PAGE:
Although met with much disdain from other political figureheads and the public, Prime Minister Boris Johnson made the call to ease the lockdown in place in England on Wednesday 13th May. It was a highly contentious decision, one which Scottish First Minister Nicola Sturgeon and First Minister of Wales Mark Drakeford chose not to align with and instead continue with the original lockdown rules set out in March.
This certainly isn’t the first time in 2020 Boris Johnson and his Conservative government have been faced with repercussions from their decisions during the current coronavirus pandemic. The government is tasked with responding effectively to conditions which are changing day-by-day and comes with many unknowns. It’s a time at which completely consensual decisions are almost impossible to make.
The same can be said for day-to-day business leaders who will be facing similar challenges and questions from myriad stakeholders. Some will be under pressure to put viable action plans in place to mitigate as many business risks as possible, while some will feel uncertain and unsure what their next steps are. In the interim, leaders will have to make a number of decisions to solve short-term problems, and boards should be supportive whilst looking to the longer-term purpose and values of the organisation, ensuring good corporate governance is still in practice.
While the board would typically take a step back from day-to-day activity, during a crisis situation, boards should stay well-informed of the developments happening within their organisation and be attuned to the rapidly changing coronavirus pandemic. The board should be monitoring the actions taken by management, assessing whether they are taking appropriate steps and be providing additional guidance and direction where necessary. The board should also demonstrate accountability to stakeholders and to the wider public, through increased communication surrounding decisions and measures taken.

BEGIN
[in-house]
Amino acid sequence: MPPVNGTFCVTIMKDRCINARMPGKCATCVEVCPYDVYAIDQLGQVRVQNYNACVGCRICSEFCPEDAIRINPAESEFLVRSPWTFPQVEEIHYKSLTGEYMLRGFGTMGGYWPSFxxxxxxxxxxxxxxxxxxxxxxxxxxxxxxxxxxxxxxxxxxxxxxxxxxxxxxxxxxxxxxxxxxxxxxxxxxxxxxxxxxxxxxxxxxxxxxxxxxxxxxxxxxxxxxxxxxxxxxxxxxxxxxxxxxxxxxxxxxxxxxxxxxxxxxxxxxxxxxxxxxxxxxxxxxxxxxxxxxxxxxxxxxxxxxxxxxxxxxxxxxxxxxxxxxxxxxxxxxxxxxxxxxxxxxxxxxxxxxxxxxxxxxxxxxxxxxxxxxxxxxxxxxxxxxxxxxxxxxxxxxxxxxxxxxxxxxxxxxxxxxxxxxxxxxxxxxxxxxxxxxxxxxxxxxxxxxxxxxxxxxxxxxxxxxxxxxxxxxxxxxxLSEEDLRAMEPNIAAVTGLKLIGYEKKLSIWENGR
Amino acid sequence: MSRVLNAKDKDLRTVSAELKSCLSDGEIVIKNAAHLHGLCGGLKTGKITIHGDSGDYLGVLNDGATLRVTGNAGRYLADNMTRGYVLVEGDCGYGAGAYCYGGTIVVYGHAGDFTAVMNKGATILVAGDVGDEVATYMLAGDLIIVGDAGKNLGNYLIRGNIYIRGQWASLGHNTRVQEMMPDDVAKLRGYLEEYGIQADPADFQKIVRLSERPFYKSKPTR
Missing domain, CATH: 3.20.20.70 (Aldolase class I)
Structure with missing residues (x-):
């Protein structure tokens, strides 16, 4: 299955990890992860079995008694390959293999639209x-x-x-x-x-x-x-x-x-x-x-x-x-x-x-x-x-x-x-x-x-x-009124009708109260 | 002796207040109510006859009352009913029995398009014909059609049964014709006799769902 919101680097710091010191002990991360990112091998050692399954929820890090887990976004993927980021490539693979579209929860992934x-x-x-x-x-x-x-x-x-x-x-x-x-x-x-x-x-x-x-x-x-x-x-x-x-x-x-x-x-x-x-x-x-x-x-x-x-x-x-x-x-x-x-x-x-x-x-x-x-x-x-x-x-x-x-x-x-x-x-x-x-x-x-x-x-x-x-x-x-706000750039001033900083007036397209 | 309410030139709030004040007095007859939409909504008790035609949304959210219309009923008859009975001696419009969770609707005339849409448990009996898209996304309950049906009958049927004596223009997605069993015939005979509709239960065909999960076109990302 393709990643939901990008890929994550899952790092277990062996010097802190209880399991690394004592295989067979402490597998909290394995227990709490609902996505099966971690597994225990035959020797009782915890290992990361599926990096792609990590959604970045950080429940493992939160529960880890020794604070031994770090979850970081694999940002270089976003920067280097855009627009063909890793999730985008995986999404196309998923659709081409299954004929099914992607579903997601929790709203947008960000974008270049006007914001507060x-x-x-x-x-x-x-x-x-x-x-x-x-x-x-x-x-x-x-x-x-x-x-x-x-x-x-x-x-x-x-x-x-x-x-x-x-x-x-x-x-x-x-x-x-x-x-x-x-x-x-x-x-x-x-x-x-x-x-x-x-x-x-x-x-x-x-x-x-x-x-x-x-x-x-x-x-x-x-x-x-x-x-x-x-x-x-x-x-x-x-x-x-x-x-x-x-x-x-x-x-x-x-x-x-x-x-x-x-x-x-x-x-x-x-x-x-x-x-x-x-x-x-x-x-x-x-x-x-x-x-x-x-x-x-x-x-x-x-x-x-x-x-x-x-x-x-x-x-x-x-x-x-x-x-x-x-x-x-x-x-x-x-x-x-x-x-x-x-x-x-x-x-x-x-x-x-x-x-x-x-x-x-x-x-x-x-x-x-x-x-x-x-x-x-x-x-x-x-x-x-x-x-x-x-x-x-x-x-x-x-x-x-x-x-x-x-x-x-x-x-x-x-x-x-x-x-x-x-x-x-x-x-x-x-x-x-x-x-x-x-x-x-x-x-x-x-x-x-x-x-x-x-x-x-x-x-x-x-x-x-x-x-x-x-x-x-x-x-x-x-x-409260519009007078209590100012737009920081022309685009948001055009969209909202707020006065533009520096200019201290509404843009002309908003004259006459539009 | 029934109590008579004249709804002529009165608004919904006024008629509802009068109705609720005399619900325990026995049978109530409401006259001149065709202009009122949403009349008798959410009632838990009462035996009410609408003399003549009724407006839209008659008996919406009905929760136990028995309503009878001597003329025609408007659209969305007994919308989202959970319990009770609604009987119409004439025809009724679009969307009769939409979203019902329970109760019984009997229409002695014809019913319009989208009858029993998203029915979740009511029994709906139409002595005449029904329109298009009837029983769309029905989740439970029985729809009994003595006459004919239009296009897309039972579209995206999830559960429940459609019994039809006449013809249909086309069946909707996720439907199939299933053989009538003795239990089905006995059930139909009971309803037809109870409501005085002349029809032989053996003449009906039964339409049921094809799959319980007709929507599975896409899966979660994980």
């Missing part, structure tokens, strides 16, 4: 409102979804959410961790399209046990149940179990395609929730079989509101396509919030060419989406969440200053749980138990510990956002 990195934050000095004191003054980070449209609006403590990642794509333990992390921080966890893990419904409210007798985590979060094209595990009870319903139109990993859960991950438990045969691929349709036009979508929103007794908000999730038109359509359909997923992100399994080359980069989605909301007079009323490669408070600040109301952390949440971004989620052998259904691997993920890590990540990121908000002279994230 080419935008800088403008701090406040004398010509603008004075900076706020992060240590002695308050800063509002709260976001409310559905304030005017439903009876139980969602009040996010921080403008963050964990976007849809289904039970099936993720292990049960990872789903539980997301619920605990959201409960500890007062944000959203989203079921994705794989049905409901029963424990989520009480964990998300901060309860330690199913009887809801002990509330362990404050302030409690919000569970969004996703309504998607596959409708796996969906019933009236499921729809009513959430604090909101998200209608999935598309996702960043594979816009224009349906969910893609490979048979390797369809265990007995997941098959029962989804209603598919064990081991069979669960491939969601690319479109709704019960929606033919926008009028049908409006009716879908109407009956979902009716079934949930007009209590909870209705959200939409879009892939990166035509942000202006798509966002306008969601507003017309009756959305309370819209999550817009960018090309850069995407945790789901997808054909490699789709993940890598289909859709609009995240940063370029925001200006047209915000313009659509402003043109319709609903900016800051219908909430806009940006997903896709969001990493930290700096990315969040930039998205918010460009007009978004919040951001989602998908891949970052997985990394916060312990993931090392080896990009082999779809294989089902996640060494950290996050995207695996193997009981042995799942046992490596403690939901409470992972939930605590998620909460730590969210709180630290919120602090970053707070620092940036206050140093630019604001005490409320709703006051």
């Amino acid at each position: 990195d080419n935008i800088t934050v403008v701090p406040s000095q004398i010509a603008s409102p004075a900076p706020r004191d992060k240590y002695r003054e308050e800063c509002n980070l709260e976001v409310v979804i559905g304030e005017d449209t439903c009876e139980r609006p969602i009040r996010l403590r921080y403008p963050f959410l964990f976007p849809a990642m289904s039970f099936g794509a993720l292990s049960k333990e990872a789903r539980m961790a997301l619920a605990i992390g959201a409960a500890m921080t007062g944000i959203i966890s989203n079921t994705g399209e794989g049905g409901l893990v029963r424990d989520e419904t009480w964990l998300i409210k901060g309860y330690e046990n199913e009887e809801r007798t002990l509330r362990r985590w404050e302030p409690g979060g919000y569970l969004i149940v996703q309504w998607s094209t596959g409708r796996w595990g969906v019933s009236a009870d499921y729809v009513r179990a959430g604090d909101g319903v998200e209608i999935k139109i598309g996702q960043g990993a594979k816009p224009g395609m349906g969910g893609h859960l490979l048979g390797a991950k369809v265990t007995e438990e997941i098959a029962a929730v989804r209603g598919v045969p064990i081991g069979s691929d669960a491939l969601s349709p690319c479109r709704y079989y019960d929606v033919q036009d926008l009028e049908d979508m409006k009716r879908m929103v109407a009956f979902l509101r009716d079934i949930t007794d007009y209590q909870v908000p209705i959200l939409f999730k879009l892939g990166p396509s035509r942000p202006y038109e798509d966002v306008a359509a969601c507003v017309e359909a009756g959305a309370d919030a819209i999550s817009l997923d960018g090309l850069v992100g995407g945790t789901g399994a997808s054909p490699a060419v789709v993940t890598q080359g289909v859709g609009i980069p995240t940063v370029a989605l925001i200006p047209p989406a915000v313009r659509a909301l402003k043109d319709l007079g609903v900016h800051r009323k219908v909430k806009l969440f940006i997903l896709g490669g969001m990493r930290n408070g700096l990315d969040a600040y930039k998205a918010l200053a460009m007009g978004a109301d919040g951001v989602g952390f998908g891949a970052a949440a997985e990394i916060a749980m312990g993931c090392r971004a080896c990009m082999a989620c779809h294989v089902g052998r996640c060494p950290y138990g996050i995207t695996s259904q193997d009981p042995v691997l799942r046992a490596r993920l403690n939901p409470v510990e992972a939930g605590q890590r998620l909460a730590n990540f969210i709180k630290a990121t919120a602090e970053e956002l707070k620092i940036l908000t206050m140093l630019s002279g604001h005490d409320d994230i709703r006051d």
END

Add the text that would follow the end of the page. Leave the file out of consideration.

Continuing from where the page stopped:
Below, we’ve outlined some of the key organisational concerns boards should have oversight of during the pandemic and what boards can do to ensure good corporate governance is still being practiced.
In fast-moving and uncertain situations, there is nothing more important than the way the senior leadership team communicates, both internally to their workforce and externally to customers and shareholders. Internally, organisations will need to be thinking about reducing panic and making sure their workforce is as informed as possible.
The workforce may also have a lot of questions about personal safety, job security or even the future of the organisation. Preparation is key, and the organisation must have a concrete plan in place for managing and addressing these concerns. Externally, considerations will need to be focused on the message that’s being delivered to customers and establishing reassurance and confidence with shareholders. Although the future is still uncertain, shareholders will need proof that the organisation has a survival plan in place and can still deliver a return, even though some processes and operations may have changed.